Postmodernism Course, Lesson 005

Free Bible Seminary Course On Postmodernism, Lesson 005

A final point should be made. You may have noticed that postmodernism is anti-order, anti-boundaries, anti-logic, anti-reality, anti-oppression, anti-government, anti-science, and anti-religion: so it is against many things, but for very little.

This is a philosophy that fosters paranoia and schizophrenia, while darkening, rather than illuminating the mind and spirit. It is a negative, hopeless philosophy – after all, we are merely products of our environment; helpless, exploited subjects. Unaware that we are being exploited, we are doomed to a meaningless life and a meaningless death. Yow, suicide, anyone?

In summary, postmodernism is a dangerous deception. Despite its lack of a valid foundation, it is being taught in colleges and public school systems throughout the country and the world. The importance of a firm foundation is described by Jesus in Luke 6:48: “He is like a man building a house, who dug and went deep, and laid a foundation on the rock. When a flood arose, the stream broke against that house, and could not shake it, because it was founded on the rock.” Alternatively, he describes the consequences of a lack of foundation in Luke 6:49: “But he who hears, and doesn’t do, is like a man who built a house on the earth without a foundation, against which the stream broke, and immediately it fell, and the ruin of that house was great." (WEB).

Postmodernism is particularly dangerous because most people are unfamiliar with either the term or the philosophy, which lets it quietly invade like a cancer. Its fuzzy definition and lack of substance actually contribute to its spread – what defense is there against elusiveness? For these reasons, it’s a good idea to become familiar with the two lists of postmodern buzzwords presented earlier.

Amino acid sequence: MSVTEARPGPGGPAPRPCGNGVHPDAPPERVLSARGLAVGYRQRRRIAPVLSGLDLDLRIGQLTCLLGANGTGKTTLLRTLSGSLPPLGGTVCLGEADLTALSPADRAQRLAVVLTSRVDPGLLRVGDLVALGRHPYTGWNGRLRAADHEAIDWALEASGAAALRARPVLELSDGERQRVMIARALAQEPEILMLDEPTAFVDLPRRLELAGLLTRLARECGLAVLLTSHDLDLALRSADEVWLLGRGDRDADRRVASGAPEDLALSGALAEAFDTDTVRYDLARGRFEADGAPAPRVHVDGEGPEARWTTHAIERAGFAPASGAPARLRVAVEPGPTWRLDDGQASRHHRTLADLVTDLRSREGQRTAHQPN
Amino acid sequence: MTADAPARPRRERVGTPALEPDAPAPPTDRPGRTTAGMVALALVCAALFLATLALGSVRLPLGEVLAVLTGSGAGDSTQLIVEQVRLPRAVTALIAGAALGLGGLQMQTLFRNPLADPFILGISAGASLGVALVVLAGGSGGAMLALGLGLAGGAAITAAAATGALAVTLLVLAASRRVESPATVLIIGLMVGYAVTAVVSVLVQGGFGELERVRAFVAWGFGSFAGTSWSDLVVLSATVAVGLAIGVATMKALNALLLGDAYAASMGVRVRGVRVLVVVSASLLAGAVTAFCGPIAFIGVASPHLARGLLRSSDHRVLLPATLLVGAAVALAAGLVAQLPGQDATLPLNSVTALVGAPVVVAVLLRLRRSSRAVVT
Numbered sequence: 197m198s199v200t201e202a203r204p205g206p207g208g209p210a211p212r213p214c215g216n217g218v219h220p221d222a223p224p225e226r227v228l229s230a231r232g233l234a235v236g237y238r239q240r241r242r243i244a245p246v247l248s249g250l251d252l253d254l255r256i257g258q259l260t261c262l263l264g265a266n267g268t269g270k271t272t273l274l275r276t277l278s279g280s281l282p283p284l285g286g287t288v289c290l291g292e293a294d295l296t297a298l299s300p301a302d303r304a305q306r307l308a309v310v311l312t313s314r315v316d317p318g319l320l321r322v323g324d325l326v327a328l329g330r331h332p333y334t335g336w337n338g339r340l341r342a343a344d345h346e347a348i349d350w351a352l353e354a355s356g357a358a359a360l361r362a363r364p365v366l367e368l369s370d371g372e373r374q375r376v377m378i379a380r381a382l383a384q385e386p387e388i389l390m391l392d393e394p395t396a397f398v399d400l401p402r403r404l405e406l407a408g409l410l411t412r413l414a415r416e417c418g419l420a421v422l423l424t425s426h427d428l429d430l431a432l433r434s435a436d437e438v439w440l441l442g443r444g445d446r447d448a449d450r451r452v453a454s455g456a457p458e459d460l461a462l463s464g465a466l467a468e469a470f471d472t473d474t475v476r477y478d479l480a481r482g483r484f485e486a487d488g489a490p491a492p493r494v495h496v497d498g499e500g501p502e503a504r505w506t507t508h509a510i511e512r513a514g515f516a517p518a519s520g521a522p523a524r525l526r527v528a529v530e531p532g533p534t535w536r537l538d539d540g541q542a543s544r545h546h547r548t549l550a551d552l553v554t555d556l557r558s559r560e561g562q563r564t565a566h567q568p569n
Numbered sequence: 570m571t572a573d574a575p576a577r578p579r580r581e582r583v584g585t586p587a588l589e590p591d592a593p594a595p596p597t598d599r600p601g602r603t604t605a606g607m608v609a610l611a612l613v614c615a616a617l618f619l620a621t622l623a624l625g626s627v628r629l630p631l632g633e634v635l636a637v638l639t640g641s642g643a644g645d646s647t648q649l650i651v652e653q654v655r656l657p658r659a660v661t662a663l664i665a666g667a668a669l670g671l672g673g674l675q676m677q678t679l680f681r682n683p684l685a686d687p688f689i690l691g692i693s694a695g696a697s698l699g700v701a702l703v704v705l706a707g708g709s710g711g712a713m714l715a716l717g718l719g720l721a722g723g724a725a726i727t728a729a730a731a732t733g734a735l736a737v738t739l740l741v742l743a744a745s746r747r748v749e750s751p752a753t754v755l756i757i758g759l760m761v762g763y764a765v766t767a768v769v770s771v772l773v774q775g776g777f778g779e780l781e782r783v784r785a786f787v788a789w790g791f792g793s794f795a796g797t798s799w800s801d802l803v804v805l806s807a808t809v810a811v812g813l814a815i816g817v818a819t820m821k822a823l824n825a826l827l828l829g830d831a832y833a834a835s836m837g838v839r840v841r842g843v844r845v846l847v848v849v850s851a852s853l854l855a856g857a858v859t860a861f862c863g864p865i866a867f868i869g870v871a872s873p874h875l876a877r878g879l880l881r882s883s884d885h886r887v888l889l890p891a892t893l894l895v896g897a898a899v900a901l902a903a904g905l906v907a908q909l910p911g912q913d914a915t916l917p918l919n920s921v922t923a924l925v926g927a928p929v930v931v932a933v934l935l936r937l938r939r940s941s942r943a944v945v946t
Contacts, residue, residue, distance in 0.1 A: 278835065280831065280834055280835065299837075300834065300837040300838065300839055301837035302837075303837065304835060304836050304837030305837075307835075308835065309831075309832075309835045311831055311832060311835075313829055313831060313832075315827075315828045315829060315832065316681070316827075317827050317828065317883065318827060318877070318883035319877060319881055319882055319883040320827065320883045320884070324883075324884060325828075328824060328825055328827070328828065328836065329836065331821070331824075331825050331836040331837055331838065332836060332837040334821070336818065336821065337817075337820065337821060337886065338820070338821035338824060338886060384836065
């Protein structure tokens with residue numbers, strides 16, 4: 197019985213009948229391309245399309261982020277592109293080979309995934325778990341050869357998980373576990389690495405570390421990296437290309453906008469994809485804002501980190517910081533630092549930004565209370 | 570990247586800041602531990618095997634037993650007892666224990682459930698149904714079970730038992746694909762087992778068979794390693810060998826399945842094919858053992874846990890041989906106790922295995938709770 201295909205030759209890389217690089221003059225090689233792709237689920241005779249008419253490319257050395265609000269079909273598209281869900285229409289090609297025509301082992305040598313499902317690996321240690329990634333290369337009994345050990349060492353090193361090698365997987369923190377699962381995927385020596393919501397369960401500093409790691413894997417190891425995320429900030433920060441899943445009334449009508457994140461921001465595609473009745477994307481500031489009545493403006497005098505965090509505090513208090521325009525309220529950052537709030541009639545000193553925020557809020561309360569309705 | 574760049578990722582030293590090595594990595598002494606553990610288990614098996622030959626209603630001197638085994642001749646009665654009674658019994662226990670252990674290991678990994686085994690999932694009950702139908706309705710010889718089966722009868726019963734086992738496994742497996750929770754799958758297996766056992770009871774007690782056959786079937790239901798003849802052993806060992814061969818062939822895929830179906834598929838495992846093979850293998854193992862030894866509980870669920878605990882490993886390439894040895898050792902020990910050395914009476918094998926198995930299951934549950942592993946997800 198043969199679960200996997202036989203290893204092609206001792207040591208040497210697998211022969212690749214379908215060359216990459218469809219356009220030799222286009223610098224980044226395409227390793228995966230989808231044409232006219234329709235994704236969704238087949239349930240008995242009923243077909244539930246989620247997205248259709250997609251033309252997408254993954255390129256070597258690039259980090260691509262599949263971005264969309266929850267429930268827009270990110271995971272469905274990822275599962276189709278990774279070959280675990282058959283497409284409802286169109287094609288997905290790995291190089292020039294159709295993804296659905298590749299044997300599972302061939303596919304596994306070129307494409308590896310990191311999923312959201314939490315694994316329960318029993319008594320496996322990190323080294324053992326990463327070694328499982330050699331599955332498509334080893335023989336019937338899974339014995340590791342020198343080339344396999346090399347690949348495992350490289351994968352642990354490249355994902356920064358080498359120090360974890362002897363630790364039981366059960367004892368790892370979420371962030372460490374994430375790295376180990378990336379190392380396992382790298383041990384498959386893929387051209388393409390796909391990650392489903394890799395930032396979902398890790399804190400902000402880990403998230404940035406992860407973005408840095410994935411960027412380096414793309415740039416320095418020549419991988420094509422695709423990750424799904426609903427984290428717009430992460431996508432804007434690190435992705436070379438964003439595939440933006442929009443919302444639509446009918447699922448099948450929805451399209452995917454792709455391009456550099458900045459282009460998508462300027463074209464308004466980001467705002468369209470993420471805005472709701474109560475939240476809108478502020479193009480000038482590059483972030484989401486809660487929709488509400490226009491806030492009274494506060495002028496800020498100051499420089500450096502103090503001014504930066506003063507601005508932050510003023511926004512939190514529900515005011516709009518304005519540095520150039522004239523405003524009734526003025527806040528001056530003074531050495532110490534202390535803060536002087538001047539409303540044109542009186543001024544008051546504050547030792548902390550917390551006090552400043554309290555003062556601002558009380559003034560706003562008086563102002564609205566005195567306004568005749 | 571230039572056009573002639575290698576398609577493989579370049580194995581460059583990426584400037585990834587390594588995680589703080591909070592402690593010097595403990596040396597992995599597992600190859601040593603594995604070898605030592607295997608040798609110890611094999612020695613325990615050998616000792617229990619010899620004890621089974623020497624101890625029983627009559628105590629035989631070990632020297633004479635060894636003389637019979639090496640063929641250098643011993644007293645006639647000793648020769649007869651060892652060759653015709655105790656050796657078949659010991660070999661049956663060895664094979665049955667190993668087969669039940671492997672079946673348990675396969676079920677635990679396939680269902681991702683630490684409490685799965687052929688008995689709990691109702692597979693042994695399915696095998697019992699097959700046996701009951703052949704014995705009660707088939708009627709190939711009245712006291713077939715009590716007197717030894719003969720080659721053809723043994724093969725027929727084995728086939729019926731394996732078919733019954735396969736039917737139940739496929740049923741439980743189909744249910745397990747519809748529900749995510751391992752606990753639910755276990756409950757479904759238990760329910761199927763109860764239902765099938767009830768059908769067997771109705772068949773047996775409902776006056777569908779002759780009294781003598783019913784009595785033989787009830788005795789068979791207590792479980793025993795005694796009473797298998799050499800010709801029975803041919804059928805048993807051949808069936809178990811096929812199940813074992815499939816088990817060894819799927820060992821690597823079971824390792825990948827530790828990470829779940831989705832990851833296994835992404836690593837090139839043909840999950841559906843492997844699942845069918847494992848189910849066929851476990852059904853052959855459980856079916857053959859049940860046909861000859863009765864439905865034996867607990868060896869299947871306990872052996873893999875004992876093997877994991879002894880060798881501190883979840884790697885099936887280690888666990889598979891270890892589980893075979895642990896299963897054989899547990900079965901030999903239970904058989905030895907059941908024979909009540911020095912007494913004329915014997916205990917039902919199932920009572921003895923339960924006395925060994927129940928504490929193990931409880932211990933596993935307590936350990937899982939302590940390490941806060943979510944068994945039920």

Familiarity with these words accomplishes several objectives, the first being identificationpostmodern philosophy is identified when these buzzwords are being used. Once identified, a combat strategy to present truth can be developed. The second objective accomplished is preparedness – it‘s difficult to counter words that are unfamiliar or have a different than usual meaning. The third is development of skills necessary to engage in a conversation by either defining the buzzwords or stipulating that others define them. In discussion, it’s essential to keep defining and translating the buzzwords into “normal” language, especially when others are present who may not be familiar with them. When others understand that “metanarrative” is “worldview“, and “hegemony” is “dominance“, and so on, truth can then slice through the tangled tendrils of jargon. If we fail to confront postmodern fallacies, we concede that our children and youth will be taught, at best, nonsense, and at worst, despair.

To reiterate, without truth, we can’t know reality. Outside of reality, goodness, order, justice, and mercy can’t exist. The prophets of long ago knew this:

“So justice is driven back, and righteousness stands at a distance;

truth has stumbled in the streets, honesty cannot enter.

Truth is nowhere to be found, and whoever shuns evil becomes a prey”

(Isaiah 59:14, 15, NIV).

Pauline Donnelly, May 1, 2007


1. Clapp, R. (1996). A Peculiar People: The Church as Culture in a Post-Christian Society. InterVarsity Press®.

2. (2004, March 2). “Young America’s News Source: Jon Stewart”. Retrieved May 9, 2007 from

3. Homepage, Joseph Campbell Foundation© . Retrieved 5/28/07 from

4. Jameson, F. (1988). “Postmodernism and Consumer Society“. The Norton Anthology of Theory and Criticism.

5. Klages, M. (Last revised December 12, 2001). “Postmodernism“. Retrieved February, 2007 from Introduction to the concept by Mary Klages of the University of Colorado. All materials on this site are written by, and remain the property of, Dr. Mary Klages, Associate Professor of English, University of Colorado, Boulder. You are welcome to quote from this lecture, or link this to your own site, with proper attribution and citation.

6. Lyotard, J. (1984). The Postmodern Condition: A Report on Knowledge. (ISBN 0-8166-1173-4)

7. McDowell, J. (1999). The New Evidence that Demands a Verdict. Thomas Nelson Publishers.